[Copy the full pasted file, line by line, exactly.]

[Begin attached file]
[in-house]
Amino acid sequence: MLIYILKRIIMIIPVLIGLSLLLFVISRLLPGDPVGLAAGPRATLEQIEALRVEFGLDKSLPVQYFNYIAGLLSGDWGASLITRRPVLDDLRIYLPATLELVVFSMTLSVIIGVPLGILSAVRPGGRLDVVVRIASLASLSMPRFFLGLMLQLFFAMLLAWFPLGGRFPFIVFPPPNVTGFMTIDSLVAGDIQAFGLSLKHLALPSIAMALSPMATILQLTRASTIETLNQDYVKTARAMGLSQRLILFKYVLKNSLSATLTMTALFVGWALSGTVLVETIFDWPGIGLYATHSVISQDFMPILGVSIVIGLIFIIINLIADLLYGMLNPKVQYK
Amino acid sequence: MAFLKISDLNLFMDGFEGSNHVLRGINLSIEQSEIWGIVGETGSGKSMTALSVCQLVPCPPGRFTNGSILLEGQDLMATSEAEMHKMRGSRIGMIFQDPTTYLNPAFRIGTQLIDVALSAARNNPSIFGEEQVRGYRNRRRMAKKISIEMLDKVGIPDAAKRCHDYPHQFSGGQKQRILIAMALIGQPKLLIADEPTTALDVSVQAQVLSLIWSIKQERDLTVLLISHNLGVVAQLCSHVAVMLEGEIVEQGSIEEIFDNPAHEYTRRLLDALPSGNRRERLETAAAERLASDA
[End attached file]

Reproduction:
[in-house]
Amino acid sequence: MLIYILKRIIMIIPVLIGLSLLLFVISRLLPGDPVGLAAGPRATLEQIEALRVEFGLDKSLPVQYFNYIAGLLSGDWGASLITRRPVLDDLRIYLPATLELVVFSMTLSVIIGVPLGILSAVRPGGRLDVVVRIASLASLSMPRFFLGLMLQLFFAMLLAWFPLGGRFPFIVFPPPNVTGFMTIDSLVAGDIQAFGLSLKHLALPSIAMALSPMATILQLTRASTIETLNQDYVKTARAMGLSQRLILFKYVLKNSLSATLTMTALFVGWALSGTVLVETIFDWPGIGLYATHSVISQDFMPILGVSIVIGLIFIIINLIADLLYGMLNPKVQYK
Amino acid sequence: MAFLKISDLNLFMDGFEGSNHVLRGINLSIEQSEIWGIVGETGSGKSMTALSVCQLVPCPPGRFTNGSILLEGQDLMATSEAEMHKMRGSRIGMIFQDPTTYLNPAFRIGTQLIDVALSAARNNPSIFGEEQVRGYRNRRRMAKKISIEMLDKVGIPDAAKRCHDYPHQFSGGQKQRILIAMALIGQPKLLIADEPTTALDVSVQAQVLSLIWSIKQERDLTVLLISHNLGVVAQLCSHVAVMLEGEIVEQGSIEEIFDNPAHEYTRRLLDALPSGNRRERLETAAAERLASDA